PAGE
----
KIAWAH ISLAND, S.C. - The name blows out of the past on the warm wind, whipping up memories and regret.
John Daly is high on a scoreboard in a major, and we are confronted with the joy and pain - mostly pain - of a career that spun out of control. Of a career that is a curiosity.
Daly shot a 4-under-par 68 Thursday in the first round of the PGA Championship at Kiawah Island's Ocean Course. We hesitate to get too excited, because after all it is only one round and because it is John Daly, who on a golf course or off has shown a frightening ability to mess things up.
Yet there he was, two off lead, one behind Rory McIlroy, one ahead of Tiger Woods, gripping and ripping, and at 46 talking like he was maybe 36 - or even 26 - and hadn't been trapped in a world too full of alcohol and divorces.
The fans love him. They've always loved him, when they didn't pity him. He could knock a golf ball halfway from South Carolina to St. Andrews, the course where he won the 1995 British Open.
He could explode like an over-filled balloon, acting like a 13-year-old as he stomped off greens and fairways. And, man, he could drink, and as we know, golf and drink go together. What other sport has a "19th hole"?
He was, and is, the rough-hewn, bawdy unsophisticate who contrasted with the country club set, the guy at whom people in cutoffs and jeans could shout, "Go ‘git ‘em, John. Let's have a Bud."
What Daly, in this tournament because of a lifetime exemption given to winners - he was the surprise champion as ninth alternate in 1991 - would have is the opportunity to regain playing privileges on the PGA Tour.
He usually gets into regular tournaments on either side of the Atlantic only through invitations from sponsors. He has played in 10 events in the U.S., including last weekend's Reno-Tahoe Open, and eight on the European Tour. He wants to play mostly in America, getting back his card he lost five years ago.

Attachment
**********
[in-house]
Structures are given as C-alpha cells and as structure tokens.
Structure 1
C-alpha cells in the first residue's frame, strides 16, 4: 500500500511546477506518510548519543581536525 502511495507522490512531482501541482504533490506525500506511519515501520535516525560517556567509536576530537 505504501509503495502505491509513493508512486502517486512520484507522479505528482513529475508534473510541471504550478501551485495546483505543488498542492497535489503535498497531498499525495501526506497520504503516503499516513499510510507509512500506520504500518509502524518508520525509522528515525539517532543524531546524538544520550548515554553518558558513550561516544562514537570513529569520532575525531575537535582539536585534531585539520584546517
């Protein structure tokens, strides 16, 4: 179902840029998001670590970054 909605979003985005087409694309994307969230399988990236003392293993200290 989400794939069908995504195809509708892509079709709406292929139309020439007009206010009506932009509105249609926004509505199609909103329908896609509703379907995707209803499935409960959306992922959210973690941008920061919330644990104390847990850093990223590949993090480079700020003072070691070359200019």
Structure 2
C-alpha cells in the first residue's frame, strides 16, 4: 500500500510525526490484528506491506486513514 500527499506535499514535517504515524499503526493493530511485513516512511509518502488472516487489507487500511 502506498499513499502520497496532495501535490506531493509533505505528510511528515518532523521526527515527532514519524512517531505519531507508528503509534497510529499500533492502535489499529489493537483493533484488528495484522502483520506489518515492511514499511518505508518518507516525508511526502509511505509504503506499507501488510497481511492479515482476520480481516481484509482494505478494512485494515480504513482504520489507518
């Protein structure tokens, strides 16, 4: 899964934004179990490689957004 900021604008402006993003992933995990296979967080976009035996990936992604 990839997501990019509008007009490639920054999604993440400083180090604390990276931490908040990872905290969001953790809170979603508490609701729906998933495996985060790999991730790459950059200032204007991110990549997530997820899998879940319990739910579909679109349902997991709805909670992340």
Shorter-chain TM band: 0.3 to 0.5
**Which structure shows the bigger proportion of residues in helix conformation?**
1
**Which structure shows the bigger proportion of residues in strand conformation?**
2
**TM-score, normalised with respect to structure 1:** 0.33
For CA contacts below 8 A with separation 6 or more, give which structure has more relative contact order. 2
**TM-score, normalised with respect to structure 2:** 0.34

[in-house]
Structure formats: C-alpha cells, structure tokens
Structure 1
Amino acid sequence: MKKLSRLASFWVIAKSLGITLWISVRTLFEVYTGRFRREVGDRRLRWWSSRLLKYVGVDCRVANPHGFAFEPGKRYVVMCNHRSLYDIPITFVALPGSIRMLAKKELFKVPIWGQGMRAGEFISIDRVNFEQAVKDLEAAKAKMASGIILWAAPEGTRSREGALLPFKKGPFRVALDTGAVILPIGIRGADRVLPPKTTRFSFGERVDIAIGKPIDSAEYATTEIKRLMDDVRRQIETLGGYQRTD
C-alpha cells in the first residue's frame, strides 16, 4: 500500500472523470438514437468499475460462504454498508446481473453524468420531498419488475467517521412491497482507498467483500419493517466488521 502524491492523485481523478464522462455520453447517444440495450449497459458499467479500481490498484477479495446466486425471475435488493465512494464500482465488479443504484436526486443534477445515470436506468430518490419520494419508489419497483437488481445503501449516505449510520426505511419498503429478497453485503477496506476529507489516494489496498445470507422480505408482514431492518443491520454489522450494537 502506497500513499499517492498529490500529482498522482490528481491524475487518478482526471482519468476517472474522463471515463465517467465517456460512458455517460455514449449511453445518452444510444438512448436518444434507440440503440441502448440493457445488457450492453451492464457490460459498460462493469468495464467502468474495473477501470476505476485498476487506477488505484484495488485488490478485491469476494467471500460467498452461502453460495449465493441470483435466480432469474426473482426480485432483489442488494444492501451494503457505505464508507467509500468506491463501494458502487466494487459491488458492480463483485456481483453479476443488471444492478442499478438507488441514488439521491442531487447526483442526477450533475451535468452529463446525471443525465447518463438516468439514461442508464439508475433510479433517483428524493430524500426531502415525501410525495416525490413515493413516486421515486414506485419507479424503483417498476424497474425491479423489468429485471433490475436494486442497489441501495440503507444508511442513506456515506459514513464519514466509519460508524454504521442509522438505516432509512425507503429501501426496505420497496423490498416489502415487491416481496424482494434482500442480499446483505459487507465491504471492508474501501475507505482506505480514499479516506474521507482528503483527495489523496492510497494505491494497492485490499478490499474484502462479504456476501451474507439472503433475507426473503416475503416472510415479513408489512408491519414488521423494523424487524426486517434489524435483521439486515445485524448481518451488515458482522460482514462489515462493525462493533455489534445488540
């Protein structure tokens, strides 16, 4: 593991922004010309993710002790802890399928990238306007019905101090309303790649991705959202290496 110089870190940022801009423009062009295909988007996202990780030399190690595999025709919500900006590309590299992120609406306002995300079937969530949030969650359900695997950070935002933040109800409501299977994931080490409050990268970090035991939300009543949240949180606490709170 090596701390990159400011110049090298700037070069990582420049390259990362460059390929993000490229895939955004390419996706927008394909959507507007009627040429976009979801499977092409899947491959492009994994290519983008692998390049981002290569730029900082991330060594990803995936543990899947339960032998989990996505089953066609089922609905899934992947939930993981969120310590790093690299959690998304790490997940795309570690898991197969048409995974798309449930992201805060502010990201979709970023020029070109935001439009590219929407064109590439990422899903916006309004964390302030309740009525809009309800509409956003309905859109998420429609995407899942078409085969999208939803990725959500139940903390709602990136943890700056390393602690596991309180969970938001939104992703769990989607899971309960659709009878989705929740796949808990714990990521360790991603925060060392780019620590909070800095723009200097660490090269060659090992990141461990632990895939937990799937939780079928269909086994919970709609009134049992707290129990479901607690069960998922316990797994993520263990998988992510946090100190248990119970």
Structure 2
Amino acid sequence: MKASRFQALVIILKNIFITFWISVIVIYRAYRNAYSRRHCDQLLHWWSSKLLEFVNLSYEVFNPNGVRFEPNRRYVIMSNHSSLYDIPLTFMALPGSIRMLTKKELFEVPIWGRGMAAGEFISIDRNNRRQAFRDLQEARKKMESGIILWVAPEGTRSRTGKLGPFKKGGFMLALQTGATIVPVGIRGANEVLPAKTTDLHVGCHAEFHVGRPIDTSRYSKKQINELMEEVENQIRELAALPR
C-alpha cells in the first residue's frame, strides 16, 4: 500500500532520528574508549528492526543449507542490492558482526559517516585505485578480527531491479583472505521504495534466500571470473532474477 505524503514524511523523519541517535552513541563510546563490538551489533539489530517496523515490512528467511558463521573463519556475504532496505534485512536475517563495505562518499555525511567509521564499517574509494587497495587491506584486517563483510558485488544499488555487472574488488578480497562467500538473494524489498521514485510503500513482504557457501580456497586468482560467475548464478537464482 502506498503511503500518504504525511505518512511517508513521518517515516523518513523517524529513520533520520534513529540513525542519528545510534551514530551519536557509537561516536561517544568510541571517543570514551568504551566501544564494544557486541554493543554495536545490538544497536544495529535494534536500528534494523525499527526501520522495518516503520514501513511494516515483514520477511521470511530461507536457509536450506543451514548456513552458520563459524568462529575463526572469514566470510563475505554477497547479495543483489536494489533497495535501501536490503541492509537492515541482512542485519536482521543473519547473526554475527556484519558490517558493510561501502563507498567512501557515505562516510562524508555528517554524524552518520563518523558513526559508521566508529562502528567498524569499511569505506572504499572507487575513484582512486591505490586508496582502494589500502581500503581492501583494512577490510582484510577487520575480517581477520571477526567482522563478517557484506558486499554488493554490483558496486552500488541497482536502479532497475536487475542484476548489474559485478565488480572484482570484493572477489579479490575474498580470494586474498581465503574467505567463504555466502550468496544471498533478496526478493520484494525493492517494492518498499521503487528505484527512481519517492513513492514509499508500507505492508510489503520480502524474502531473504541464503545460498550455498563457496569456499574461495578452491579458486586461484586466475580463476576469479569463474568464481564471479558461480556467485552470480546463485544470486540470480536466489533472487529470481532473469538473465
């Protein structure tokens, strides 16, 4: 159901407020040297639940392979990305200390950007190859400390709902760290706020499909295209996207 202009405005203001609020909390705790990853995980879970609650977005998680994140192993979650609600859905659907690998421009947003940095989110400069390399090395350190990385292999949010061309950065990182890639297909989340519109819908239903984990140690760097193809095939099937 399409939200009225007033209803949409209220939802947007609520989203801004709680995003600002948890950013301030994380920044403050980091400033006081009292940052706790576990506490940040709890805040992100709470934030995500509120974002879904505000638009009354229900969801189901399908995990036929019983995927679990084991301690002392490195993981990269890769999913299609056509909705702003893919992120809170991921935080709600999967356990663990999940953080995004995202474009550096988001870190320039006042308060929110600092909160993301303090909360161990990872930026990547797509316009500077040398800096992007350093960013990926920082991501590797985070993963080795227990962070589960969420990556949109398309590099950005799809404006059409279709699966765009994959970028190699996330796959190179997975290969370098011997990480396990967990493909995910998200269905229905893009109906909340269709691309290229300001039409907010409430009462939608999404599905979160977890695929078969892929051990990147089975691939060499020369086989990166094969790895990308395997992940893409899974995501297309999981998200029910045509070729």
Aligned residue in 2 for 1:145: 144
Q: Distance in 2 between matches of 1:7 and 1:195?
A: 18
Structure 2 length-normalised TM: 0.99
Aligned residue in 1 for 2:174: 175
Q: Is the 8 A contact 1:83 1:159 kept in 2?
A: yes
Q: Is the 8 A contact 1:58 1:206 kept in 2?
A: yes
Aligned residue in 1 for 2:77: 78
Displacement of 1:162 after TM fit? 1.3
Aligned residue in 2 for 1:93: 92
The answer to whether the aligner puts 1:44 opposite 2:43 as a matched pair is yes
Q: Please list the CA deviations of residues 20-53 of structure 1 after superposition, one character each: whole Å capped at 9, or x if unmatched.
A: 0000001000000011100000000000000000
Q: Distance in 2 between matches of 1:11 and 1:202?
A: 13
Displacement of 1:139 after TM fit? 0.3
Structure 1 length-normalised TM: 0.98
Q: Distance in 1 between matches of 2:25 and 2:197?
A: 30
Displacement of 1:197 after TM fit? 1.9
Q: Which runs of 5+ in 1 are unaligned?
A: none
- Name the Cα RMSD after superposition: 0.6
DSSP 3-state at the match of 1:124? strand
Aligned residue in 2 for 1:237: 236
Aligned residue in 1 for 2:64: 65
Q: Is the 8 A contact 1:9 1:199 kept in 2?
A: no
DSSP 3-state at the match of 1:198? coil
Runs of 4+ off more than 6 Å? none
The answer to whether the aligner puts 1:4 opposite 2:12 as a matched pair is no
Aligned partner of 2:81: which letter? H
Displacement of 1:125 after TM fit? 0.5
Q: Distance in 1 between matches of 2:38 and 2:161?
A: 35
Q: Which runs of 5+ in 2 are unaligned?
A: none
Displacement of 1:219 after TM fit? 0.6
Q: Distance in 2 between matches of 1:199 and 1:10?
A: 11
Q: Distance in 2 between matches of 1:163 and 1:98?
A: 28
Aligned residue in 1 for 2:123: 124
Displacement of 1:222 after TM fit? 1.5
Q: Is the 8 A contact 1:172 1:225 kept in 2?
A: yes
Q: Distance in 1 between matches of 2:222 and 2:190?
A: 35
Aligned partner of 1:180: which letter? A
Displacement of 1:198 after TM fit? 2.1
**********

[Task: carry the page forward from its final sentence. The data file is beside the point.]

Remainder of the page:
"I'm looking forward to being 50,'' said Daly, "and playing the senior (Champions) tour. I enjoy the European Tour, but the travel is killing my body."
The part the booze didn't kill.
"It's like my golf game,'' Daly said Thursday when asked about his popularity. "It is up and down. But so is my life. But everybody's life is up and down."
Not like John Daly's life. The suspensions, the gambling, the arrest for public drunkenness, the four marriages, the battles with his wives, the retailing of products from his motor home outside Augusta National. Window dressing, some might label it, for someone who always could play a mean game of golf and deep down doesn't have a malicious bone in his body.
"I've never been afraid to tell you the truth about myself,'' Daly said more than once. "That's me."
There's less of the old Daly since, after bulging up to more than 350 pounds, he underwent lap-band surgery in 2009. He's down 100 pounds or so, and with his hair, now a whitish blond, flapping in the breeze, from a distance has a resemblance to the current-day Bill Clinton.
"You just try and thrive on the good things,'' said Daly. "My mind is right to give me a chance. If I make a double (bogey), who cares?"
He was the one who cared, and in response he would intentionally smash a ball into the Irish Sea, as he did one British Open at Turnberry, or blast one ball after another out of a bunker at the left side of Pebble Beach's 18th at the 2000 U.S. Open.
"If I play good here,'' said Daly, trying to show he has mellowed, "it doesn't really matter to me. If I play bad, it doesn't matter to me. But I want to play good."
Daly's contradictory nature is on display. He wants his Tour card, which he can reacquire through excellent play. Then he tells us he's oblivious to how he plays. Does that make sense?
"I've been playing good, just trying to keep it at my own pace, just be myself and play golf," said Daly, who tied for fifth last week. "It's been building up the last five or six weeks. When I get on a little run, six, seven weeks in a row, I feel like I have a better chance of playing well, making cuts."
And not making a spectacle of himself. In the Australian Open last November, he was upset with a ruling and left the course. Only later was it learned his mother had died that week, and his family persuaded him to stay and play, delaying the funeral.
"But that was a rough week,'' he explained. "People bashed me when they didn't know the whole story."
The whole story on John Daly never may be told.